However, because it is based on dynamic data, business intelligence that is location or temporally driven tends to have a very short shelf-life. This is why it is crucial to architect mobile solutions that integrate well with existing business intelligence infrastructure. As an example, if an IT architect is trying to build out mobile business process support, what they absolutely don’t want to see in their enterprise mobile solution portfolio is a collection of standalone mobile apps that are captive in line-of-business silos. Mobile apps should be able to readily move their data to backend systems that aggregate and propagate information to additional business areas that could or should respond to changing conditions. Like mobility, analytics is endemic to an enterprise ecosystem and should be leveraged across all functions and processes.

An enterprise ready mobile strategy should integrate cleanly and securely with existing data management infrastructure, be able to operate across traditional lines of responsibility and enhance customer engagement opportunities. In essence, this is one of the defining qualities of a mobile enterprise application platform. Like enterprise apps and devices, developing and managing business intelligence is a job that demands holistic business process architectures.

This also begs the broader question, how expansive a definition of mobility and associated analytics should be factored into your planning? There are over 6 billion mobile devices in play globally, which is a pretty big number by any standards, but there are over 1 trillion wireless devices out there, all gathering data on a continuous basis. If you can stick a chip in it, you can give it an IP address, so this is not just about the consumer, it is about everything the consumer interacts with, all of which ties into gaining a more nuanced and actionable perspective of how to anticipate customer requirements. While the confluence of mobility and analytics offers a vast confluence of opportunity, we are barely seeing the tip of the iceberg.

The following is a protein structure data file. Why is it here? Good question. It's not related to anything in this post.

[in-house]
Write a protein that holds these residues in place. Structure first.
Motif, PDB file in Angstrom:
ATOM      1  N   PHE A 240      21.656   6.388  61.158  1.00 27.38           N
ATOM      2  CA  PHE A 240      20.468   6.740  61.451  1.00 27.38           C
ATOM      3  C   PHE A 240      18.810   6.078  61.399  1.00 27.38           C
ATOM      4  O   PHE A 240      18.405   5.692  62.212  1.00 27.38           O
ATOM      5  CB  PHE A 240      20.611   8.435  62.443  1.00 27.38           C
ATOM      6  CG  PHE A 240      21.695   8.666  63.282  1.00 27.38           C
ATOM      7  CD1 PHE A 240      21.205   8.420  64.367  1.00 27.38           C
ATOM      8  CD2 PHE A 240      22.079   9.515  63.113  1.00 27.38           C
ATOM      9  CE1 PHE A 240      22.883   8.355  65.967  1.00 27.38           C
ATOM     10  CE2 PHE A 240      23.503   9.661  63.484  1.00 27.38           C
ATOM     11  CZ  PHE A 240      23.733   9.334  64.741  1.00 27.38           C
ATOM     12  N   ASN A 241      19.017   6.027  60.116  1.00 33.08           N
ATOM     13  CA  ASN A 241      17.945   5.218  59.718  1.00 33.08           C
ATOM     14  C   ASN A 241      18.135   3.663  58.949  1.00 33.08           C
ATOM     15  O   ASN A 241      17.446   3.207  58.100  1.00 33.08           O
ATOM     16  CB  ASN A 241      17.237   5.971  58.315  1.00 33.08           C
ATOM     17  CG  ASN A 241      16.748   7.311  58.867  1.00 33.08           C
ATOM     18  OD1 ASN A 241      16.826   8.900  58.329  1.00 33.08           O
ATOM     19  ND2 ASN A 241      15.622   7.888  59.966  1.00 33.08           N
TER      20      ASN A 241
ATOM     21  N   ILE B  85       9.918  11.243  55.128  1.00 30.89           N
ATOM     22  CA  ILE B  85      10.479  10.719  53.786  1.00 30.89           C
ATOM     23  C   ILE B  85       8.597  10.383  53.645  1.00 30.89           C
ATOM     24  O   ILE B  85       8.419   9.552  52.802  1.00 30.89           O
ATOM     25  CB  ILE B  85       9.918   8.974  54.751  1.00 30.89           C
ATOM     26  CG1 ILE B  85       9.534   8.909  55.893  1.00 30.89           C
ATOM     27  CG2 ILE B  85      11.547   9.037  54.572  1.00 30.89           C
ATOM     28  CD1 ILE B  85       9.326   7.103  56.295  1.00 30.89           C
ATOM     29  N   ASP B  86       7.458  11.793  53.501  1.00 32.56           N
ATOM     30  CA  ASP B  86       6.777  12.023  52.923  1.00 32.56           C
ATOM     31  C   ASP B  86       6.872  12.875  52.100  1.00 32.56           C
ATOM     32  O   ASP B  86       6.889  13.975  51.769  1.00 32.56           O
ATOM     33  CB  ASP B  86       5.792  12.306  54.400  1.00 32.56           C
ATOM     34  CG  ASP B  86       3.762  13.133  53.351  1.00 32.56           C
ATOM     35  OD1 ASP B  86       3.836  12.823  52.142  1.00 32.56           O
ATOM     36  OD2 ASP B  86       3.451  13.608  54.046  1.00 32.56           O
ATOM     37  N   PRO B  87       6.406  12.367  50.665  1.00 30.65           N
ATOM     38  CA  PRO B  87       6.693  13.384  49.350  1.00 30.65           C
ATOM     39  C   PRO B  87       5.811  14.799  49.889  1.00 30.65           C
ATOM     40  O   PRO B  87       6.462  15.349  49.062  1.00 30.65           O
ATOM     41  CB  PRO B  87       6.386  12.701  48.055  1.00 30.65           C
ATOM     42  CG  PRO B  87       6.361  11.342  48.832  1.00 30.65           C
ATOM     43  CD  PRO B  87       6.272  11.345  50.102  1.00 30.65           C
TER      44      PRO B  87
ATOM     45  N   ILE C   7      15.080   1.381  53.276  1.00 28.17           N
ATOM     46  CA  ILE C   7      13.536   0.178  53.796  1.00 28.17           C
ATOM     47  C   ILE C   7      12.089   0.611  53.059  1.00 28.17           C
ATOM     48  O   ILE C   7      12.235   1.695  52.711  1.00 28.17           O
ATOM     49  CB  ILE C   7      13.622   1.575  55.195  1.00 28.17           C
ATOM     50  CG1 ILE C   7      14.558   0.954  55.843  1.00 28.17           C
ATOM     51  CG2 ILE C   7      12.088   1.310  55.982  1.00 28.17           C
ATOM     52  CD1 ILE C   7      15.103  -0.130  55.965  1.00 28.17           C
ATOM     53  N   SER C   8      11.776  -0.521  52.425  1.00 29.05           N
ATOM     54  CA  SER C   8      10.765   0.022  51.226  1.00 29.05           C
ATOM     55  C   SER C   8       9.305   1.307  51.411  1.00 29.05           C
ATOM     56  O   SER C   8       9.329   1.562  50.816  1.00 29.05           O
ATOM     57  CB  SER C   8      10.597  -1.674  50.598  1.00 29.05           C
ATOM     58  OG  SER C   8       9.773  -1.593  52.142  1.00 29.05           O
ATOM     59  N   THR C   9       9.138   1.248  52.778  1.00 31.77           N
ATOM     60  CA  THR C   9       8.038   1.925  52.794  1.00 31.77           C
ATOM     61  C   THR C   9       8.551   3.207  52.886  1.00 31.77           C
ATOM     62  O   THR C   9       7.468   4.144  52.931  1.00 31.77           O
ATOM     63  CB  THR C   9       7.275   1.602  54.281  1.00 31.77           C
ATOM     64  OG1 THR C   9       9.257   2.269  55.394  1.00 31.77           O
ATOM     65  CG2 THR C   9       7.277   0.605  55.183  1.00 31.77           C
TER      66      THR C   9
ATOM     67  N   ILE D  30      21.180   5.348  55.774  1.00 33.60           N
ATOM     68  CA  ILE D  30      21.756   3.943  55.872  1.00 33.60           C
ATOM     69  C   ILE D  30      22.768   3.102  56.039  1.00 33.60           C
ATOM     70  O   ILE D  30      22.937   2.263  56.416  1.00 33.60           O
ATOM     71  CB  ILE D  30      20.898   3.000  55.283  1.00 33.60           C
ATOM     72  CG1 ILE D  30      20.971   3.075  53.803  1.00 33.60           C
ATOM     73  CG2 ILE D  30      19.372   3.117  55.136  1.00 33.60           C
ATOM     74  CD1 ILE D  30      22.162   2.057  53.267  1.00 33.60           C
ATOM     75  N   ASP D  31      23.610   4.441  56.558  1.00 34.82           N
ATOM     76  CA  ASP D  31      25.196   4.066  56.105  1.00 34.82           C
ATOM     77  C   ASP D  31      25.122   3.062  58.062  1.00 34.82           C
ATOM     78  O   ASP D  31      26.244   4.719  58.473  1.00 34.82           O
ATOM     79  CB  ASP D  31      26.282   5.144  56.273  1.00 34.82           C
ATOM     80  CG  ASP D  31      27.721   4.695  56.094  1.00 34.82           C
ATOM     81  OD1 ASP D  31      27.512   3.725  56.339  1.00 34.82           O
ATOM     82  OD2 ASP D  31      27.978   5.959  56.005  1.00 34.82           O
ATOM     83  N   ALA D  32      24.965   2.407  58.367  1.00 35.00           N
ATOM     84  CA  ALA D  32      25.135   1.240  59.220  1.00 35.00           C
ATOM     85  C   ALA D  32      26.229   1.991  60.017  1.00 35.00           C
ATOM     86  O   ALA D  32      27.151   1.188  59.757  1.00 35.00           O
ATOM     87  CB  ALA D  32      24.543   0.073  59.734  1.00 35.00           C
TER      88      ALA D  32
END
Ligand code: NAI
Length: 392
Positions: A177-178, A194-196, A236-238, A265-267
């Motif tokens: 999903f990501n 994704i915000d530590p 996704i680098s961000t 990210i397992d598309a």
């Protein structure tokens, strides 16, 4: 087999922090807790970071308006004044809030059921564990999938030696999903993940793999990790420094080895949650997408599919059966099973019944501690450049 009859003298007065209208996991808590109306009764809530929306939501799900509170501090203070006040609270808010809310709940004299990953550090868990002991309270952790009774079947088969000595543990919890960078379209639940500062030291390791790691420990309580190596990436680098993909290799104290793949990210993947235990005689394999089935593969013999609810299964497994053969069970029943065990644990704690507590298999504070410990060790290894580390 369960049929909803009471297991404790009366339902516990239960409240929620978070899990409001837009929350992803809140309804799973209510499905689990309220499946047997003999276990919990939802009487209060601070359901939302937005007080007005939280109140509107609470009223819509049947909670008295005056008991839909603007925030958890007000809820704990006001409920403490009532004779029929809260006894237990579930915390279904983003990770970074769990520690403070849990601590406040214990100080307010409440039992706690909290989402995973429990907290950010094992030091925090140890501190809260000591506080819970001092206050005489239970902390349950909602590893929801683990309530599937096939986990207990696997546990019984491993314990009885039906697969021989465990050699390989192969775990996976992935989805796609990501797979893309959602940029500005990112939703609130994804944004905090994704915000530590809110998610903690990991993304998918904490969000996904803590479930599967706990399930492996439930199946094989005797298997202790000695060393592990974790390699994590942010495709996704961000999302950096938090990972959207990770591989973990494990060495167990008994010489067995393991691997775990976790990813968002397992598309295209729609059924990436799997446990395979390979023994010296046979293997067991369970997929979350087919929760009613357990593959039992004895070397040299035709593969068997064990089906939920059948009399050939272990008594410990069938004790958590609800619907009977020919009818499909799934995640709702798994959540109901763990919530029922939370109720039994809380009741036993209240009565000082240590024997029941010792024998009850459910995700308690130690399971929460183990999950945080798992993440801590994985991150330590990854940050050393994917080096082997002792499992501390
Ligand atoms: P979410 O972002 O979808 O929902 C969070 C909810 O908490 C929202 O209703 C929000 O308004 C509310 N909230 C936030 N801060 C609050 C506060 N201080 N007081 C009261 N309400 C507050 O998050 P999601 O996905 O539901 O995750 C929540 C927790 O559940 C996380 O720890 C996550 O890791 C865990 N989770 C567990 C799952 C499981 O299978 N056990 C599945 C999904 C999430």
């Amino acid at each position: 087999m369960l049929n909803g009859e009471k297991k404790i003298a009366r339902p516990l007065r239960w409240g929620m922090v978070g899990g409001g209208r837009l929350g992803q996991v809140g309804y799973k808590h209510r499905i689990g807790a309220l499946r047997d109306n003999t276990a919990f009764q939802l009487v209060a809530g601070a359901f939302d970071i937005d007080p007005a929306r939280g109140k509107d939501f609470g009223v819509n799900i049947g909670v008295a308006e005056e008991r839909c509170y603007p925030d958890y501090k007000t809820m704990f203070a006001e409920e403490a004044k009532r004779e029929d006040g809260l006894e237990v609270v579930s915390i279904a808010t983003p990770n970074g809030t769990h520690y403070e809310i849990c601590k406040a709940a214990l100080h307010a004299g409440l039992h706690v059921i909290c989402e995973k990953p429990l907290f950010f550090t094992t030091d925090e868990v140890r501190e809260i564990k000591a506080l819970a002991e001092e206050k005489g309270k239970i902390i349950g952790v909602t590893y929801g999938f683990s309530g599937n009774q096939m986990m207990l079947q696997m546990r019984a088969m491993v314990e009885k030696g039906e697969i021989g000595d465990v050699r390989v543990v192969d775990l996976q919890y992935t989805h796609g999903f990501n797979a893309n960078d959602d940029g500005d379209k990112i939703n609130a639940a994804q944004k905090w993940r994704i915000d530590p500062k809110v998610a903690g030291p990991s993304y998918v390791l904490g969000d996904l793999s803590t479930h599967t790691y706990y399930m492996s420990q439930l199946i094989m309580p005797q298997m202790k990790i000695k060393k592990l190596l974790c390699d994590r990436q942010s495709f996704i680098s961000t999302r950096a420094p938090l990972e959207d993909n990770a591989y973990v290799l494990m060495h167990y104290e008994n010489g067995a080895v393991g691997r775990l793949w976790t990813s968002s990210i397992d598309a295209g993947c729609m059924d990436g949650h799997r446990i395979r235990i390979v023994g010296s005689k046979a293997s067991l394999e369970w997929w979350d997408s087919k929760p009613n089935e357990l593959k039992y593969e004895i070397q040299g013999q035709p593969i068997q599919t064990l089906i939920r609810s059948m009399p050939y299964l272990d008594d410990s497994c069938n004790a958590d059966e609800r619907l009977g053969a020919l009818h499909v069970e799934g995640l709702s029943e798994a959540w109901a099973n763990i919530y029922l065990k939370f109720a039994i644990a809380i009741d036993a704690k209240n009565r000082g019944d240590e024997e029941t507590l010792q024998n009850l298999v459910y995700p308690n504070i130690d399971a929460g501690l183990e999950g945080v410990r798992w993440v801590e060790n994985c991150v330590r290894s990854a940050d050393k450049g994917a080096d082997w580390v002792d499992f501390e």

Amazon’s run at Apple

August 29, 2011 in Uncategorized | Comments (0)

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We’re starting to hear noise in the media about the next prospective iPad killer wannabe, this time it’s rumored to the Amazon tablet. There’s a busload of pundits out there predicting that Amazon will finally give Apple a run for its money, having held back long enough to see where other competitors have banged their heads or stubbed their toes in the race to enter the tablet space. The variables that they point out could give Amazon an edge include 1) form factor (smaller/thinner than an iPad, similar to the Kindle), 2) the fact that it’s Android based, 3) better embedded security, and 4) a lower price point.